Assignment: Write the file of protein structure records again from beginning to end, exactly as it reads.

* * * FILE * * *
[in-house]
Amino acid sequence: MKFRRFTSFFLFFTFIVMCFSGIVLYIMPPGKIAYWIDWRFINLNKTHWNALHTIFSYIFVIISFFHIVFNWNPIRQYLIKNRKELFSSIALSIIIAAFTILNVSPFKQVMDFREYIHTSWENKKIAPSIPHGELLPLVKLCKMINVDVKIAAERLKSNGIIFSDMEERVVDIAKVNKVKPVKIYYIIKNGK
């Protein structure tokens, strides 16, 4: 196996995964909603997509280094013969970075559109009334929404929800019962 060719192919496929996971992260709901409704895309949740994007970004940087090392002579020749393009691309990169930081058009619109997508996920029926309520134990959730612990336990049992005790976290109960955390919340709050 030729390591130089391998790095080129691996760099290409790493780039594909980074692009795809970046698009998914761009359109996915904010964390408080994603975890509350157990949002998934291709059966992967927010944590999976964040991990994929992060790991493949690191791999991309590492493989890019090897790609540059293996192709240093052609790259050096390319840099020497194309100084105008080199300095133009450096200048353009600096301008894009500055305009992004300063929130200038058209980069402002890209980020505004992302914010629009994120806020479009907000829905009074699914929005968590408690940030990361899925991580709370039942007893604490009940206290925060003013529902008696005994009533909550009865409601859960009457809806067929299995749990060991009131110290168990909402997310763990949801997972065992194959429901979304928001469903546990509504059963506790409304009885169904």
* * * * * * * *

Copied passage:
[in-house]
Amino acid sequence: MKFRRFTSFFLFFTFIVMCFSGIVLYIMPPGKIAYWIDWRFINLNKTHWNALHTIFSYIFVIISFFHIVFNWNPIRQYLIKNRKELFSSIALSIIIAAFTILNVSPFKQVMDFREYIHTSWENKKIAPSIPHGELLPLVKLCKMINVDVKIAAERLKSNGIIFSDMEERVVDIAKVNKVKPVKIYYIIKNGK
């Protein structure tokens, strides 16, 4: 196996995964909603997509280094013969970075559109009334929404929800019962 060719192919496929996971992260709901409704895309949740994007970004940087090392002579020749393009691309990169930081058009619109997508996920029926309520134990959730612990336990049992005790976290109960955390919340709050 030729390591130089391998790095080129691996760099290409790493780039594909980074692009795809970046698009998914761009359109996915904010964390408080994603975890509350157990949002998934291709059966992967927010944590999976964040991990994929992060790991493949690191791999991309590492493989890019090897790609540059293996192709240093052609790259050096390319840099020497194309100084105008080199300095133009450096200048353009600096301008894009500055305009992004300063929130200038058209980069402002890209980020505004992302914010629009994120806020479009907000829905009074699914929005968590408690940030990361899925991580709370039942007893604490009940206290925060003013529902008696005994009533909550009865409601859960009457809806067929299995749990060991009131110290168990909402997310763990949801997972065992194959429901979304928001469903546990509504059963506790409304009885169904």